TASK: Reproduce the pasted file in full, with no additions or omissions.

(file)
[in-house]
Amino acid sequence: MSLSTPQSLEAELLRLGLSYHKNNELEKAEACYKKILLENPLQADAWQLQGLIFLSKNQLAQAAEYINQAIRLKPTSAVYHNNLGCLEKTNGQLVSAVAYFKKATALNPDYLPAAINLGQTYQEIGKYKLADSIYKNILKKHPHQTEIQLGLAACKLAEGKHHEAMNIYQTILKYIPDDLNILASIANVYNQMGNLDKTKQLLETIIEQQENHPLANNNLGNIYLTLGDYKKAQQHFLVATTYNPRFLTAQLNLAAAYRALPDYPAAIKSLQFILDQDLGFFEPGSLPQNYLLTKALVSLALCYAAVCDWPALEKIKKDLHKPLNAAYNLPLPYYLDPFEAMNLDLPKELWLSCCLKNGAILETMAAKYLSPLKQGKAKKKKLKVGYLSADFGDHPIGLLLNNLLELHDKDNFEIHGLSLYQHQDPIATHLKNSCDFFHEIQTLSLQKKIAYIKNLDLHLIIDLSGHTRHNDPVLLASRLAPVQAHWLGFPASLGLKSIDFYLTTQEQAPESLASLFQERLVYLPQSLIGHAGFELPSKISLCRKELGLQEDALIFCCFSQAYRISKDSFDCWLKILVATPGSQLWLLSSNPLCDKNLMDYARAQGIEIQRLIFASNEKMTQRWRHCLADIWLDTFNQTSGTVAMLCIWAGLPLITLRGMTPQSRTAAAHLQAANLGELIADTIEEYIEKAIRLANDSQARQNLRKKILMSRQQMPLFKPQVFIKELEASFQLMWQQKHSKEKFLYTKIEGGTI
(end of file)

[in-house]
Amino acid sequence: MSLSTPQSLEAELLRLGLSYHKNNELEKAEACYKKILLENPLQADAWQLQGLIFLSKNQLAQAAEYINQAIRLKPTSAVYHNNLGCLEKTNGQLVSAVAYFKKATALNPDYLPAAINLGQTYQEIGKYKLADSIYKNILKKHPHQTEIQLGLAACKLAEGKHHEAMNIYQTILKYIPDDLNILASIANVYNQMGNLDKTKQLLETIIEQQENHPLANNNLGNIYLTLGDYKKAQQHFLVATTYNPRFLTAQLNLAAAYRALPDYPAAIKSLQFILDQDLGFFEPGSLPQNYLLTKALVSLALCYAAVCDWPALEKIKKDLHKPLNAAYNLPLPYYLDPFEAMNLDLPKELWLSCCLKNGAILETMAAKYLSPLKQGKAKKKKLKVGYLSADFGDHPIGLLLNNLLELHDKDNFEIHGLSLYQHQDPIATHLKNSCDFFHEIQTLSLQKKIAYIKNLDLHLIIDLSGHTRHNDPVLLASRLAPVQAHWLGFPASLGLKSIDFYLTTQEQAPESLASLFQERLVYLPQSLIGHAGFELPSKISLCRKELGLQEDALIFCCFSQAYRISKDSFDCWLKILVATPGSQLWLLSSNPLCDKNLMDYARAQGIEIQRLIFASNEKMTQRWRHCLADIWLDTFNQTSGTVAMLCIWAGLPLITLRGMTPQSRTAAAHLQAANLGELIADTIEEYIEKAIRLANDSQARQNLRKKILMSRQQMPLFKPQVFIKELEASFQLMWQQKHSKEKFLYTKIEGGTI